Society has entered this new culture of sharing. In my completely biased opinion, some of the blame must be put onto Oprah for this. She has had many shows where ordinary guests come onto her set and spill all of their personal details and trials to the world. The guest will cry, Oprah sometimes cries, and we are all supposed to have an ‘Aha moment’. (Side note: she has tried to trademark this phrase, can I be sued?).

Then reality TV exploded and now even more people are talking publicly about their personal crises. After reading Doctorow’s Homer and Langley, (see below for my review) I became interested in finding out more about the types of people who fill their homes with objects and trash. So I watched the television show Hoarders. The people featured on the show and their family members were talking about very personal issues, and as I watched, I began to feel like an intruder. And there are many shows like this. I have not seen Intervention, but it seems obvious that some very emotional subjects are raised and I wonder why these people choose to invite an audience in to watch the process.

But back to the internet. I do understand the appeal. Blogs can become diaries and they can be an anonymous way to vent emotions and potentially get feedback. Or, you can splash your name across your posts in the hopes of becoming an instant celebrity. The ability to share your thoughts and feelings with strangers can be somewhat liberating. But you are only sharing as long as somebody is reading your posts. These days, a large segment of the population have some sort of blog or online journal. Everyone is sharing. But if everyone is writing, is anyone reading?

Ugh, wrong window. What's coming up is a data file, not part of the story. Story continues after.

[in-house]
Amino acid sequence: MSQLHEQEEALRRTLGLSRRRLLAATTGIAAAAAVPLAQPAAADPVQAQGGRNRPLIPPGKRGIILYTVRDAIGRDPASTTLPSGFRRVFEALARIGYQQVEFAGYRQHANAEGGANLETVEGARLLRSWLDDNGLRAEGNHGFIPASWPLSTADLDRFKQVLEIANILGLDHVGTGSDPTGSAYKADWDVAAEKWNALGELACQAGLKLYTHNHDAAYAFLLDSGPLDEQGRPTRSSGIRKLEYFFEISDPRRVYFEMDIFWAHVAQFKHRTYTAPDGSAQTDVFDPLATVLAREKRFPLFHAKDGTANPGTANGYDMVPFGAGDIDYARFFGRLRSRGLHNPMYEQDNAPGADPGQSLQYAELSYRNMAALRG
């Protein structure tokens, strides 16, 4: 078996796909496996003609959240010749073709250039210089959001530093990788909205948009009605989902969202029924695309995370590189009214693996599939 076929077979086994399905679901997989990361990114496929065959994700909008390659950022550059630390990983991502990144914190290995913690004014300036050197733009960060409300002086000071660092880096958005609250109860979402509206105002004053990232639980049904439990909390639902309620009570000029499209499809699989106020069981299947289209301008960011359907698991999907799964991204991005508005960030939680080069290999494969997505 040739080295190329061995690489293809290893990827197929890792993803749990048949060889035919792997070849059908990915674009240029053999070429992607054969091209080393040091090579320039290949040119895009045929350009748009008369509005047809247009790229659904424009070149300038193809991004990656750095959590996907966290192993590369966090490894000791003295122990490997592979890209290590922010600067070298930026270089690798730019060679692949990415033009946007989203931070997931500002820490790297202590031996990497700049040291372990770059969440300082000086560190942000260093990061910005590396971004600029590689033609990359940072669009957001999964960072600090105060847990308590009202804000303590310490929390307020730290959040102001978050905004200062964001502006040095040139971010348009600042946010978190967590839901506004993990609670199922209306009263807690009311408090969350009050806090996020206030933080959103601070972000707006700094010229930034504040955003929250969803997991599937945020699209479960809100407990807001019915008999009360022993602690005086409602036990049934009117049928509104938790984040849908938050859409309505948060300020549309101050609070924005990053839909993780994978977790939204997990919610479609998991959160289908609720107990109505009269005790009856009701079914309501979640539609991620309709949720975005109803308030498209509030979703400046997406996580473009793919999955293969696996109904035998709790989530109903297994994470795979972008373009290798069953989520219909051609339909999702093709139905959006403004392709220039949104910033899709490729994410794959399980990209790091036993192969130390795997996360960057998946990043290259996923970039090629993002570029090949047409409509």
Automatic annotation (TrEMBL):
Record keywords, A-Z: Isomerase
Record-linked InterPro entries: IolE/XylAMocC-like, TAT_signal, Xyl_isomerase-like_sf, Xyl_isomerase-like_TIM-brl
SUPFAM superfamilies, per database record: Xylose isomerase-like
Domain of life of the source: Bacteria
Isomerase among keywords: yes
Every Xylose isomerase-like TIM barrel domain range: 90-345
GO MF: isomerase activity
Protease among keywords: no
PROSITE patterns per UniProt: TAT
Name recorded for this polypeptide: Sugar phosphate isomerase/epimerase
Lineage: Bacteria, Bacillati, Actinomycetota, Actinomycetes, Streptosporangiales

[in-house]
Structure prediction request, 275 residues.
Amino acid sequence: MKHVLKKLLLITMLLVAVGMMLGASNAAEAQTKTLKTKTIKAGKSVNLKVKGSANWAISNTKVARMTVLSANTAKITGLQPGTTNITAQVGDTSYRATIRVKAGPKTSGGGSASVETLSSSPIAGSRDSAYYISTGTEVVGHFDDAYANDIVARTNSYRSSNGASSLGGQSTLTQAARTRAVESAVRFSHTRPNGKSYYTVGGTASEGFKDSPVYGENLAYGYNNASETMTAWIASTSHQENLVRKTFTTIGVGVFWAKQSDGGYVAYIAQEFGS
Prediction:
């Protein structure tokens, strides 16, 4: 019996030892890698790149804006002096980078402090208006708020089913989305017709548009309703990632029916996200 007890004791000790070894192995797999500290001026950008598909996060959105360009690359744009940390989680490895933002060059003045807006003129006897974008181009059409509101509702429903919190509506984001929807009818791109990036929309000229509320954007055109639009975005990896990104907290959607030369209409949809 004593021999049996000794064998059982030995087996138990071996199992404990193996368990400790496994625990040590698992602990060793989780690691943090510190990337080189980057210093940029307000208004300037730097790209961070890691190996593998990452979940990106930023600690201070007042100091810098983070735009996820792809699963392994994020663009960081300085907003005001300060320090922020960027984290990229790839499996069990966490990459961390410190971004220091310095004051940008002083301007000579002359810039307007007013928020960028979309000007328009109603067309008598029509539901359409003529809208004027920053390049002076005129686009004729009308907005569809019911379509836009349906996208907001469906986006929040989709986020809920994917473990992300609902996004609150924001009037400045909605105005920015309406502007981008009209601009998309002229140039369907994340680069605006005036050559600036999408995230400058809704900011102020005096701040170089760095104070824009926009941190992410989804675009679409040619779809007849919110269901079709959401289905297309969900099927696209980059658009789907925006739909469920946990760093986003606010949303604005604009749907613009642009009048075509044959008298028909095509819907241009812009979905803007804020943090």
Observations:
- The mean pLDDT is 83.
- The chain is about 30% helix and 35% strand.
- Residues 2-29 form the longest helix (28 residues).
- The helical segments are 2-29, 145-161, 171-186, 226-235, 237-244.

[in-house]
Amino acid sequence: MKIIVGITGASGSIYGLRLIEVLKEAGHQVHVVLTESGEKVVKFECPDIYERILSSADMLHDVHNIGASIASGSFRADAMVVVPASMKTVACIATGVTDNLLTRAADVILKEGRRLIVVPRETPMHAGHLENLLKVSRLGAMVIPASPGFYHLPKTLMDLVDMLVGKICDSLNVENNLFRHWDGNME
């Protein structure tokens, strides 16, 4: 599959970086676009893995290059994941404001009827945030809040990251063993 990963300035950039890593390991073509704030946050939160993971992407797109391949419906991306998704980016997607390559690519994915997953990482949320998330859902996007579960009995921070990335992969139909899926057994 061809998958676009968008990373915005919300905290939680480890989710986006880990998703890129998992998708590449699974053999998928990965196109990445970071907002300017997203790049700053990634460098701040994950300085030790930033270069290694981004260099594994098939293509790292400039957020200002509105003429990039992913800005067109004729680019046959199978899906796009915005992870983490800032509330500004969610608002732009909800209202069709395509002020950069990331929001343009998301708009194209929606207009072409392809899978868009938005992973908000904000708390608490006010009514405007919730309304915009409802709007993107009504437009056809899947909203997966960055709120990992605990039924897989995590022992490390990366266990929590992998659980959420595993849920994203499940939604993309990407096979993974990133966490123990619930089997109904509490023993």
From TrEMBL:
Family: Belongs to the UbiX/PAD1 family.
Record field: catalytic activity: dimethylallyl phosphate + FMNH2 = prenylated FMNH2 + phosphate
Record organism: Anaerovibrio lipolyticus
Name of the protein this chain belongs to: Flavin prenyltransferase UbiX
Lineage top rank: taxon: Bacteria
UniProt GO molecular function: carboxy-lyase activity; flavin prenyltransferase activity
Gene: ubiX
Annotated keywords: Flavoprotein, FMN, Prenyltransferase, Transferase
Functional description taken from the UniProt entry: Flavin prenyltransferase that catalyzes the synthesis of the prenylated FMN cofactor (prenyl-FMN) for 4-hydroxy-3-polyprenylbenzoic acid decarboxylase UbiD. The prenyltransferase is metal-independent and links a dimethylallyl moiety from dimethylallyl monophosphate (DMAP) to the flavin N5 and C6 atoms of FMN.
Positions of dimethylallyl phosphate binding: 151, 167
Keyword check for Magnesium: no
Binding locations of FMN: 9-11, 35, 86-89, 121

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Blame it on a movie. . .

I wonder how many other people watched Julie and Julia and though, gosh, I should get a blog too. And then they signed up for one and found themselves facing a blank screen. The main problem I have with blogging is the inherent assumption that other people, even strangers, will care about the details of my life. Really folks, there isn’t much going on here in Waterloo. I have been unemployed for several months and am starting to go slightly batty.

I was reading Stuart McLean’s Home From the Vinyl Cafe: A Year of Stories and I came across a scene where Morley, who took an absence of work to raise her children, found herself yelling at the washing machine. She was overcome by the relentlessness of the dirty clothes that just kept piling up, and started to cry as she took the clothes right off of her back and threw them into the machine saying “have it all”. At which point her husband Dave came home and in true McLean fashion, a humorous misunderstanding ensued. (As a side note, I highly recommend picking up any of McLean’s books as they are both hilarious and heartwarming.) But back to the laundry and my current mental state. I too have been frustrated by the never-ending pile of dirty clothes that is always sitting in the hamper. Even as I am doing laundry, I am wearing clothes that will require washing at the end of the day. Similarly, because apparently when we chose a dog from the Humane Society we picked the world’s most frequent shedder, the floor always needs sweeping. And what is happening while I sweep the floors? The dog is standing there, always in the newly collected dirt pile, thinking it is a game. And shedding even more fur on the floor! The futility of it all is wearing me down.

Anyway, welcome to my blog. It is designed as a way to collect book reviews and miscellaneous writing and perhaps encourage somebody to hire me and free me from my house. It was not designed as a place for me to rant and moan and assume people want to hear about my daily affairs. But there you go, post number one and I am already sharing too much . . . . .